Atrioventricular nodal reentry tachycardia (AVNRT). Atrio-ventricular nodal reentry tachycardia (AVNRT) is a supraventricular tachycardia (SVT); that is a fast heart rhythm originating from above the ventricles. It is the commonest regular SVT, occurring more often in women. It may occur in childhood but is more often seen in patients in their twenties and thirties. It produces a sensation of fast, regular palpitations which usually start and stop suddenly. In some people there may be a clear precipitant, such as anxiety, caffeine, alcohol etc. however this is by no means always the case. On occasion patients may also notice chest tightness, breathlessness or dizziness. After the palpitations pass off some patients may feel rather lethargic or may need to pass urine.

Dilated Cardiomyopathy (DCM). Dilated cardiomyopathy (DCM) describes a weakness of heart muscle resulting in heart failure. The heart usually enlarges and the weakened heart muscle leads to symptoms such as breathlessness, tiredness, dizziness, and in some chest pain. Some patients will be aware of palpitations due to ventricular tachycardia, a fast rhythm arising from either of the two main pumping chambers of the heart (ventricles). Dilated cardiomyopathy may be secondary to viral infection or inflammatory heart conditions, or in some will be a genetic condition and found in other family members.

Hypertrophic Cardiomyopath (HCM). Hypertrophic cardiomyopathy (HCM) describes a thickening of heart muscle, commonly resulting in obstruction to the emptying of blood from the heart. This in turn leads to dizziness, breathlessness, chest pain and on occasions fainting, particularly during or just after exercise. Some patients will also be aware of palpitations due to an accessory pathway (see Wolff Parkinson White Syndrome) or ventricular tachycardia, a fast rhythm arising from either of the two main pumping chambers of the heart (ventricles). Hypertrophic cardiomyopathy is a genetic condition, and therefore commonly found in other family members.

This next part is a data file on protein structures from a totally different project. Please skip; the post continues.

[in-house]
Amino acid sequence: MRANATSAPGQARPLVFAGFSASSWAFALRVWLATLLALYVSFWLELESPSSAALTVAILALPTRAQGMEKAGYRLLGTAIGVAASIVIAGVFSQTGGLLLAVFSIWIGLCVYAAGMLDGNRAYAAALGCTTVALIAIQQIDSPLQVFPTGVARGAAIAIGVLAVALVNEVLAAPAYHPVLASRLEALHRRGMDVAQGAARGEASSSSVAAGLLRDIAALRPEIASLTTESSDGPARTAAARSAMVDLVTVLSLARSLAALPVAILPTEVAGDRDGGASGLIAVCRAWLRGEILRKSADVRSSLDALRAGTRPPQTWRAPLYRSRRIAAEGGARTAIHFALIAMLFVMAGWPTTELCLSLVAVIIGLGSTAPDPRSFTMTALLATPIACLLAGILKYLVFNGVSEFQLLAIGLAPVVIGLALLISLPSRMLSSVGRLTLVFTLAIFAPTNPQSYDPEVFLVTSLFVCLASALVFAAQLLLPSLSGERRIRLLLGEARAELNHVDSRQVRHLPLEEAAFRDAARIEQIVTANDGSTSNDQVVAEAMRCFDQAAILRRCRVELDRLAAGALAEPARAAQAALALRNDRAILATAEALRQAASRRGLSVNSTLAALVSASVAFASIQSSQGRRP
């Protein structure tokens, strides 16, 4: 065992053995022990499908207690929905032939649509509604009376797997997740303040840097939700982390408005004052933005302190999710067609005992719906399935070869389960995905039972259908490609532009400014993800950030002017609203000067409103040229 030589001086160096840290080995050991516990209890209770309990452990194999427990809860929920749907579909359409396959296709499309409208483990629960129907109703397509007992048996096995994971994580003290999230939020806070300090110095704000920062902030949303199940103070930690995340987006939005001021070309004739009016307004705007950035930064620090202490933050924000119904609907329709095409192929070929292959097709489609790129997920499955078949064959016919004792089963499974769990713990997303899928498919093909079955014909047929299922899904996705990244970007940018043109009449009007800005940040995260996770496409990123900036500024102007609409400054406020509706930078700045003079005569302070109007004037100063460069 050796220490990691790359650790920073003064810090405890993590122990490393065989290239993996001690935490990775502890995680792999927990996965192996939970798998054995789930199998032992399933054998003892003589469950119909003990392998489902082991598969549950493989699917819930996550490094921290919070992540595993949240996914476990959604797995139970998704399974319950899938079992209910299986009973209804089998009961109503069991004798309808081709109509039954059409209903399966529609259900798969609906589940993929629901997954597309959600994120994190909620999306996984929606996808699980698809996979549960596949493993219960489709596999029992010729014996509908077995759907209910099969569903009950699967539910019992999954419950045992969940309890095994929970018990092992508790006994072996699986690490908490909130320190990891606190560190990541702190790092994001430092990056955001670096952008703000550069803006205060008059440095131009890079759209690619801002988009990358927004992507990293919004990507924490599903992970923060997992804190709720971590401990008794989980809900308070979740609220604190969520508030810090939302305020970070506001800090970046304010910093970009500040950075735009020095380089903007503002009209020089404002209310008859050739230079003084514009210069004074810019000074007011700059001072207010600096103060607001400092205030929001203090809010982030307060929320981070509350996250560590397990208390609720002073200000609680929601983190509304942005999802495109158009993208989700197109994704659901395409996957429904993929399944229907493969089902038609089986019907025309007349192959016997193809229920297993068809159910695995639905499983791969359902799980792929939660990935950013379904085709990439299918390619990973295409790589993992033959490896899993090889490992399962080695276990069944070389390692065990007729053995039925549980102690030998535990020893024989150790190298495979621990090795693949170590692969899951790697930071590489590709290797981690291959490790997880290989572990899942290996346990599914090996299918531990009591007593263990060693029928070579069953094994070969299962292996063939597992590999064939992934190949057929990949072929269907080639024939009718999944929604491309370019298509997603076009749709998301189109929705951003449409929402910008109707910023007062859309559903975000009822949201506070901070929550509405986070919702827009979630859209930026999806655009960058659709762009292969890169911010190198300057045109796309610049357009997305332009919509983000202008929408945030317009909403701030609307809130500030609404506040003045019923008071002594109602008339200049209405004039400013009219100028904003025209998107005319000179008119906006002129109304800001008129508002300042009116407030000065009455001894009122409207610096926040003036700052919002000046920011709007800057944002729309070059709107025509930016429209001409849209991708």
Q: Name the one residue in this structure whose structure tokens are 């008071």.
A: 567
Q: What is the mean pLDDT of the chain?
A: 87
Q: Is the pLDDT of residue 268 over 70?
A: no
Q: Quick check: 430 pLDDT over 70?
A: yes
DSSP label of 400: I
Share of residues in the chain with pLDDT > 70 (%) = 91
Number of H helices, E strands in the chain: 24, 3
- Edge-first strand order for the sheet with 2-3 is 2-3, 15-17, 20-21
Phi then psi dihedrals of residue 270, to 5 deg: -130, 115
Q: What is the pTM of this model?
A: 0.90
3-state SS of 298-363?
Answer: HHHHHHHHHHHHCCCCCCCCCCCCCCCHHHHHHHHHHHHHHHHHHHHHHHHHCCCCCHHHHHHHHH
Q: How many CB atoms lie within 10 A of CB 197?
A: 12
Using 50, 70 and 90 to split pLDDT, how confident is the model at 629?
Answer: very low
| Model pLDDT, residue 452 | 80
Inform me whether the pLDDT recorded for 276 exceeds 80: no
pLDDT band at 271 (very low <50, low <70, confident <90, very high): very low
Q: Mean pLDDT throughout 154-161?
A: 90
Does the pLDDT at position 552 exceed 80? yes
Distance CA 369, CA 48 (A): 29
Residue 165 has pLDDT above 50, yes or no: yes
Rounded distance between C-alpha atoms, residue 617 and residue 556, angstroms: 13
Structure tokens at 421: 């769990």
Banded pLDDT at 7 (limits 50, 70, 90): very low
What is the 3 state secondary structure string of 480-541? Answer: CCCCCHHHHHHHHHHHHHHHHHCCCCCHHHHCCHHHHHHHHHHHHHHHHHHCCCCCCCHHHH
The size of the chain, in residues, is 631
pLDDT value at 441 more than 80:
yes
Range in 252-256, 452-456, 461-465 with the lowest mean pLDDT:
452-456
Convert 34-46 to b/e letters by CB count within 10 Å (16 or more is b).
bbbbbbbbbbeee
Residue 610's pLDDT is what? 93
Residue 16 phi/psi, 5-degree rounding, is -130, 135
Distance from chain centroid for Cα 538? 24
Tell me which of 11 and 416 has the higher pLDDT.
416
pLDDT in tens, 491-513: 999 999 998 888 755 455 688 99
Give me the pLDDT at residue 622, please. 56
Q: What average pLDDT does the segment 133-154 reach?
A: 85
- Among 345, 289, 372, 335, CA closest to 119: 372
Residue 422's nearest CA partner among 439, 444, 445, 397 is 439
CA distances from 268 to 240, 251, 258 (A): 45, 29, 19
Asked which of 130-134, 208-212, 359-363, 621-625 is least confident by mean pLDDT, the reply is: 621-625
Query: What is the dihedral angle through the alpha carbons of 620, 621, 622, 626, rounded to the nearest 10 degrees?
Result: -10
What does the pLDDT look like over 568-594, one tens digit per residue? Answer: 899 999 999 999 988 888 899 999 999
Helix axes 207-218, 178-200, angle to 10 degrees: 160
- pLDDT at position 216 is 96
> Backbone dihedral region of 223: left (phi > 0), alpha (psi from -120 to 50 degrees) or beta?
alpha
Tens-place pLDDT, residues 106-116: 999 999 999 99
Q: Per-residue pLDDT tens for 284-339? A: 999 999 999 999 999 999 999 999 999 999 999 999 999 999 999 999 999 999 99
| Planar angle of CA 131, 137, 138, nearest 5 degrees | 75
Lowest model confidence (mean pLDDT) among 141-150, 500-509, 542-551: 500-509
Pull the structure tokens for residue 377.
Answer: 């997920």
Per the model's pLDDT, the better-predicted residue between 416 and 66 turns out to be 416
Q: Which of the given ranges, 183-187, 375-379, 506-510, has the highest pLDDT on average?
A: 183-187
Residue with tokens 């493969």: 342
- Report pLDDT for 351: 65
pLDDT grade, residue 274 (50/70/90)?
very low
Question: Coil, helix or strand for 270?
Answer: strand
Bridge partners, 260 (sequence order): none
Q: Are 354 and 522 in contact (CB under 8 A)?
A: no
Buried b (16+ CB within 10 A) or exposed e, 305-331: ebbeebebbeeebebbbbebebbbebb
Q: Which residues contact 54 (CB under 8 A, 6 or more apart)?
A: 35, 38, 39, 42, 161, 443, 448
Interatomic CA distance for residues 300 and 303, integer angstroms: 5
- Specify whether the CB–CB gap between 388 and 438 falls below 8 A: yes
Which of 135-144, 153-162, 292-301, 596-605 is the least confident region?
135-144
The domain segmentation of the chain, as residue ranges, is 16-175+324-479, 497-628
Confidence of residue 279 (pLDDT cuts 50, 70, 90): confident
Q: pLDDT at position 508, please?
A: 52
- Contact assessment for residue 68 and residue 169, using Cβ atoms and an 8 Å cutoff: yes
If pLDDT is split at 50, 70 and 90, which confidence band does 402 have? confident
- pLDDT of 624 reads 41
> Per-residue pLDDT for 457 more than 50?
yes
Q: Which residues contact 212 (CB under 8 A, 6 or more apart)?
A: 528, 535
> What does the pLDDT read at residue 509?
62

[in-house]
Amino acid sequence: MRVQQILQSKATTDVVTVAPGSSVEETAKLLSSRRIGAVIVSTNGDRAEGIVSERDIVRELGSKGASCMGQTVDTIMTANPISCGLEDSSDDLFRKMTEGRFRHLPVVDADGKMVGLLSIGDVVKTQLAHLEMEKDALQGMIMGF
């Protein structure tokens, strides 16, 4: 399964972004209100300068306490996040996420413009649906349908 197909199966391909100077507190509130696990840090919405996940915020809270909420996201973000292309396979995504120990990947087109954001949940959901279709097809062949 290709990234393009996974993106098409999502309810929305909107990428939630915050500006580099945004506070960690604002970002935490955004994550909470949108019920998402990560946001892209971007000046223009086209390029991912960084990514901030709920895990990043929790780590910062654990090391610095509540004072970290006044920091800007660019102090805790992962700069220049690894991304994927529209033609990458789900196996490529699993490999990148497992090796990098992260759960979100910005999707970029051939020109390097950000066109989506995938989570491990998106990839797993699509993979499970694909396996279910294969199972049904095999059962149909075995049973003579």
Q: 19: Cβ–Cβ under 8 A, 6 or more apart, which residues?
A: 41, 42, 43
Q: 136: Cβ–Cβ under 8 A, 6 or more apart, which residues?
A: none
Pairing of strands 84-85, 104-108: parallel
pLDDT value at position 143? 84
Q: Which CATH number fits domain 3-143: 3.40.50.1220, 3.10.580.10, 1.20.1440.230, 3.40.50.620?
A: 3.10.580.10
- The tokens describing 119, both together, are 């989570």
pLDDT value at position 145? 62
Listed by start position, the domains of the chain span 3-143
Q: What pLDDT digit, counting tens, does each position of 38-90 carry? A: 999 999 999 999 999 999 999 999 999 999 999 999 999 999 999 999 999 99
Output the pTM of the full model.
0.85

Ectopic Beat (or Cardiac Ectopy). Ectopic beats are early beats that are the most common disturbance of heart rhythm. They may be present without any symptoms, or as palpitations described as missed or extra beats, or occasionally cause dizziness. In patients who have suffered a heart attack previously, the presence of ectopic beats may demand more thorough investigation to assess the future risk of more dangerous heart rhythms.

Effective treatments are available for nearly all arrhythmias and we offer the most up to date facilities from a dedicated group of cardiologists, cardiac physiologists, specialist nurses and allied medical staff. In addition to rapid access assessments, treatments offered include Cardiac Resynchronisation Therapy for patients with heart failure, and Implantation of Cardioverter Defibrillators. We ablate (cauterise) all common arrhythmias, and specialise in the treatment of complex arrhythmias including atrial fibrillation, and arrhythmias seen in adults with congenital heart disease. For more information on arrhythmias and their treatments, please go to the London Arrhythmia Centre Website.

 

 

 

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London Bridge Hospital

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Tel: 03331 308 177

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Tel: 020 7407 3100

Tax: 020 7234 2019

info.lbh@hcahealthcare.co.uk

27, Tooley Street
London SE1 2PR